The first sacrificial insulation layer patterns 69 a and the interlayer insulation layer 79, which are exposed by the holes 81, are isotropically etched to enlarge the holes 81. As a result, residues 69 a′ from the first sacrificial insulation layer patterns 69 a may remain on the lower sidewalls of the word line patterns 62 a in the lower gap regions between the word line patterns 62 a. Alternatively, the first sacrificial insulation layer patterns 69 a may be completely etched such that the etch-stop layer 67 is exposed on the lower sidewalls of the word line patterns 62 a in the lower gap regions between the word line patterns 62 a. As shown in FIG. 14B, because the width of the first sacrificial insulation layer pattern residues 69 a′ is smaller than that of the first upper spacers 71 a, the final width W2 of the enlarged hole 81 is greater than an initial width W1 thereof. Preferably, the isotropic etching process is performed using hydrofluoric acid (HF) or buffered oxide etchant (BOE).

Referring now to FIGS. 15A and 15B, the third photoresist pattern 80 shown in FIGS. 14A and 14B is removed. The etch-stop layer 67, which is exposed at the bottom of the holes 81, is then etched to form self-aligned pad contact holes that expose the low concentration impurity regions 65 a and 65 b. An etch-stop liner 67 a remains on the sidewalls of the word line patterns 62 a and interposed between the sacrificial insulation layer pattern residues 69 a′ and the substrate 51. Although the device isolation layer 53 may be exposed by the self-aligned pad contact holes as shown in FIG. 15B, over etching of the exposed device isolation layer 53 may nevertheless be reduced by using an etchant that more readily etches the etch-stop layer 67 than the device isolation layer 53. Advantageously, even if misalignment occurs during the photolithographic procedures used to form the word line patterns 62 a and the self-aligned pad contact holes, the areas of the low concentration impurity regions 65 a and 65 b that are exposed by the self-aligned contact holes may nevertheless be increased over that provided by conventional self-aligned contact technology. As a result, contact pad resistance may be reduced. Returning to FIG. 15A, a conductive layer 83 is formed on the entire surface of the resultant structure where the self-aligned pad contact holes are formed.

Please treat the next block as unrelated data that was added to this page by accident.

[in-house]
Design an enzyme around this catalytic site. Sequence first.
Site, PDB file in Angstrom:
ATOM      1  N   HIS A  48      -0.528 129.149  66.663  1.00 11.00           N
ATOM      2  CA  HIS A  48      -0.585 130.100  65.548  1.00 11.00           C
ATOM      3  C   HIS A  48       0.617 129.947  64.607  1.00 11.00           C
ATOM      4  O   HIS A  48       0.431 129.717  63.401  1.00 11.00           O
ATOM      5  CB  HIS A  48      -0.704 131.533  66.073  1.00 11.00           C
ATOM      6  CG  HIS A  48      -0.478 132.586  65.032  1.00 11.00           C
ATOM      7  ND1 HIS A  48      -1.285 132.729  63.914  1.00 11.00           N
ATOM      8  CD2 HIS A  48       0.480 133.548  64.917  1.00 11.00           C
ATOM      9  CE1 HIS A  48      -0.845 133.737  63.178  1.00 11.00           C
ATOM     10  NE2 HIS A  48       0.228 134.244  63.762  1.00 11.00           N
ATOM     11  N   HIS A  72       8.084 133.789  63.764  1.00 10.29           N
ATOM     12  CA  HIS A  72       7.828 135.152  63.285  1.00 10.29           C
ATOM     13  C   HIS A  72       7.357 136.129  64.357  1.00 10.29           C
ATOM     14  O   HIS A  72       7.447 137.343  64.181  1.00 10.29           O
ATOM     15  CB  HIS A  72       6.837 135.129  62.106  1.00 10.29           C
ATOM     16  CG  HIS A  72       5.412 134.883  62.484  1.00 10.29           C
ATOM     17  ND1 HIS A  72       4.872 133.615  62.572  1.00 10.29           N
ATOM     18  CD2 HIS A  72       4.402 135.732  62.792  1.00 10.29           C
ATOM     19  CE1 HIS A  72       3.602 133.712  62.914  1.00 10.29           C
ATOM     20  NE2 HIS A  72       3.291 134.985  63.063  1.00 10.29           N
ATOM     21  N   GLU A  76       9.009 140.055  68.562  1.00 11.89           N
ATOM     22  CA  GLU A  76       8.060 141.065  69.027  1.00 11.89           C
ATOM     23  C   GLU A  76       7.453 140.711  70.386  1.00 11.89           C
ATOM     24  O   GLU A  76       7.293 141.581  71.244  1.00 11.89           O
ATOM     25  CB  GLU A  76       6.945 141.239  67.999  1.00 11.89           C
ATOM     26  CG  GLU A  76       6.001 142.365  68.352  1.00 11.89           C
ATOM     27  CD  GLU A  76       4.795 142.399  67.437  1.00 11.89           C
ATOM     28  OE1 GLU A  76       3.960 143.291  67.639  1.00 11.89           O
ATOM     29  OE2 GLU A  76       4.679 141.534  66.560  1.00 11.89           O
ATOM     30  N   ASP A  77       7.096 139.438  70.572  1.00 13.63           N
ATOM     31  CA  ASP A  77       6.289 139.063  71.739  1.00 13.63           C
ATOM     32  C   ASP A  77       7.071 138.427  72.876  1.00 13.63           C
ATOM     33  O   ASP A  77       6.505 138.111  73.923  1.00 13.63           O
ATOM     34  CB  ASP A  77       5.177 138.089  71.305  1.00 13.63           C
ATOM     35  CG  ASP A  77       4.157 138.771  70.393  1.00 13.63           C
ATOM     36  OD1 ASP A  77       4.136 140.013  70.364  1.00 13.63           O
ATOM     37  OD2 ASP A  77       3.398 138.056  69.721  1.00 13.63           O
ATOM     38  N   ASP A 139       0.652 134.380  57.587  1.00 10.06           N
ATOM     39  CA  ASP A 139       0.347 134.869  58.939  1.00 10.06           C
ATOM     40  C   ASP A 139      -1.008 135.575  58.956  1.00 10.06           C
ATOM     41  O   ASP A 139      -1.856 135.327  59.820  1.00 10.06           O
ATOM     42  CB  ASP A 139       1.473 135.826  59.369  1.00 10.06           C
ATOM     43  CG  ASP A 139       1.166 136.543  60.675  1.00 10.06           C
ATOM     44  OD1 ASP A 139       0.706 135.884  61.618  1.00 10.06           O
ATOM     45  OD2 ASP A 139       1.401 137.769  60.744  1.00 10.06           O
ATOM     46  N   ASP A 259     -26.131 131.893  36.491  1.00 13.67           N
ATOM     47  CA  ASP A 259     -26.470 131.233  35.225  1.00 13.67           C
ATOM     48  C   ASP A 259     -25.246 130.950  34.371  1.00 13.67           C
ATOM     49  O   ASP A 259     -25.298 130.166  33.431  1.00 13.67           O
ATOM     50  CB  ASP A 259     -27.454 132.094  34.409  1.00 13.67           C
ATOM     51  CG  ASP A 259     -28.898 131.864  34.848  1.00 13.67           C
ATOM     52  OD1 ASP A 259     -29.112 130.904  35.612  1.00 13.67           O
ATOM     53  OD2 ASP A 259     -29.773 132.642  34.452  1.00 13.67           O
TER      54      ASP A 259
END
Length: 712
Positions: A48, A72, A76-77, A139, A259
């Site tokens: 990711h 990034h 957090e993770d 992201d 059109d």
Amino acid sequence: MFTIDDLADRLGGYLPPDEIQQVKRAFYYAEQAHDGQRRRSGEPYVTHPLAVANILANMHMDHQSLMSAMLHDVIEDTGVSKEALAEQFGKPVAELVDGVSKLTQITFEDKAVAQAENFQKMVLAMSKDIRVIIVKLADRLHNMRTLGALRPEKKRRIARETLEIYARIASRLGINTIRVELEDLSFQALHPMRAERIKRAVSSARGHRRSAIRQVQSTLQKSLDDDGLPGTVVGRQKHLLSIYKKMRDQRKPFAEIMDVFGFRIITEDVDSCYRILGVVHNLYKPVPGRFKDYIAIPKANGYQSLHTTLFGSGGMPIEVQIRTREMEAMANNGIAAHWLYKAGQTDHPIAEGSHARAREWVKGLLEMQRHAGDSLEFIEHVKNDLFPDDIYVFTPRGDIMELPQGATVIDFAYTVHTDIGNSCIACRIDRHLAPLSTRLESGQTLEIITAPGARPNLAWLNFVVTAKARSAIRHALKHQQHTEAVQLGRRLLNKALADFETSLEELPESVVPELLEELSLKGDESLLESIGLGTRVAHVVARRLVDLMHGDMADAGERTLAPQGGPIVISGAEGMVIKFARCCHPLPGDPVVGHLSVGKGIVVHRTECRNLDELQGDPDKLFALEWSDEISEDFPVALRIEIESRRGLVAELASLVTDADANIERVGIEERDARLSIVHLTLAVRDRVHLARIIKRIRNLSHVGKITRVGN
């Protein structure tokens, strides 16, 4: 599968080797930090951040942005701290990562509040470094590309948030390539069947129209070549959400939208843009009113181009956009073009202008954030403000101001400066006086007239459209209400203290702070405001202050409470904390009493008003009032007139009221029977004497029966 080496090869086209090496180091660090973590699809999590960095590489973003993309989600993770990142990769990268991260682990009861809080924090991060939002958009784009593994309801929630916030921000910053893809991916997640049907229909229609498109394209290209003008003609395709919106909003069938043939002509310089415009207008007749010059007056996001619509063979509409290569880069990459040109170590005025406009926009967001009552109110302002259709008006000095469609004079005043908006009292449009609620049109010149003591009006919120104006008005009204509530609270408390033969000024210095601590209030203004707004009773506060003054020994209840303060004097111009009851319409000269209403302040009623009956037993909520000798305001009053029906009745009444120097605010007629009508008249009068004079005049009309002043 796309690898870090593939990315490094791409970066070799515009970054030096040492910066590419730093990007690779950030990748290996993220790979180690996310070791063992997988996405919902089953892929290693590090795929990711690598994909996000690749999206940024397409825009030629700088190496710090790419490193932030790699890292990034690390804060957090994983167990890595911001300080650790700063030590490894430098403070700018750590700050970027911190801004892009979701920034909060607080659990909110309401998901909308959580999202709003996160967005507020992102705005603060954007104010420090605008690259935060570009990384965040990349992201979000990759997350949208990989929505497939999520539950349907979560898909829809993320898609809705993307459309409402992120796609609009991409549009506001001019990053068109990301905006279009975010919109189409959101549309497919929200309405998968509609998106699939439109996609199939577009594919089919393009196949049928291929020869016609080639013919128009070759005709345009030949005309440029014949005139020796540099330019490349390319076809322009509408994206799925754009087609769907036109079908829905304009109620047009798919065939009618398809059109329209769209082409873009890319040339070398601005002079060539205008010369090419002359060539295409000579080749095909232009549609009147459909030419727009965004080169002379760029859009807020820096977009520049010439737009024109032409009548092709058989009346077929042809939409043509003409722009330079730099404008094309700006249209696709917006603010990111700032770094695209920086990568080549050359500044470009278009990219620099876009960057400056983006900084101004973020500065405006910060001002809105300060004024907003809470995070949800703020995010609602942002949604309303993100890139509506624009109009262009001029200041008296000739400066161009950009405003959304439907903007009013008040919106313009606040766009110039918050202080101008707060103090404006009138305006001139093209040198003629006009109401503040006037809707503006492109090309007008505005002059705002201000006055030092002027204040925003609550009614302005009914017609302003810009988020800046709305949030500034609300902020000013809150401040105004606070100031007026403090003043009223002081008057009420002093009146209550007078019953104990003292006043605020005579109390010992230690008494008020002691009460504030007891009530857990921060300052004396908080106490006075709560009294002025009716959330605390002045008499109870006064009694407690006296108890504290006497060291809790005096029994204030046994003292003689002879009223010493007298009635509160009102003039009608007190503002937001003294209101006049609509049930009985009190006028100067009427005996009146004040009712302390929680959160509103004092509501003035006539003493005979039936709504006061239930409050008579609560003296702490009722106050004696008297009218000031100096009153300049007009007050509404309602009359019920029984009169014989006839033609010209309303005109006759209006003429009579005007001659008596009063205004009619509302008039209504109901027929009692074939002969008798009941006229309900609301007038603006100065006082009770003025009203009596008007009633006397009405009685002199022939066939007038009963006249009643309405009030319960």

Referring now to FIGS. 16A and 16B, the conductive layer 83 and the interlayer insulation layer 79 are etched back until the capping insulation layer patterns 59 a and the word line patterns 62 a are exposed, thereby forming conductive pads 83 a and 83 b in the self-aligned pad contact holes. As shown in FIG. 16A, the conductive pads 83 a and 83 b are isolated from each other. The etch back process applied to the conductive layer 83 and the interlayer insulation layer 79 is preferably performed using chemical mechanical polishing (CMP) technology. In accordance with the present invention, it may be possible to reduce the effects of dishing in the memory cell region A. This is because a distance from an upper surface of the interlayer insulation layer 79 to the substrate 51 is greater in the memory cell region A than it is in the peripheral circuit region B as discussed hereinabove with respect to FIG. 13. Accordingly, it may be possible to avoid exposing the word lines 57 a after formation of the conductive pads 83 a and 83 b. The conductive pad 83 b, which is electrically connected to the common drain region 65 b, may implement a bit line pad and the conductive pad 83 a, which is electrically connected to the source region 65 a, may implement a storage node pad.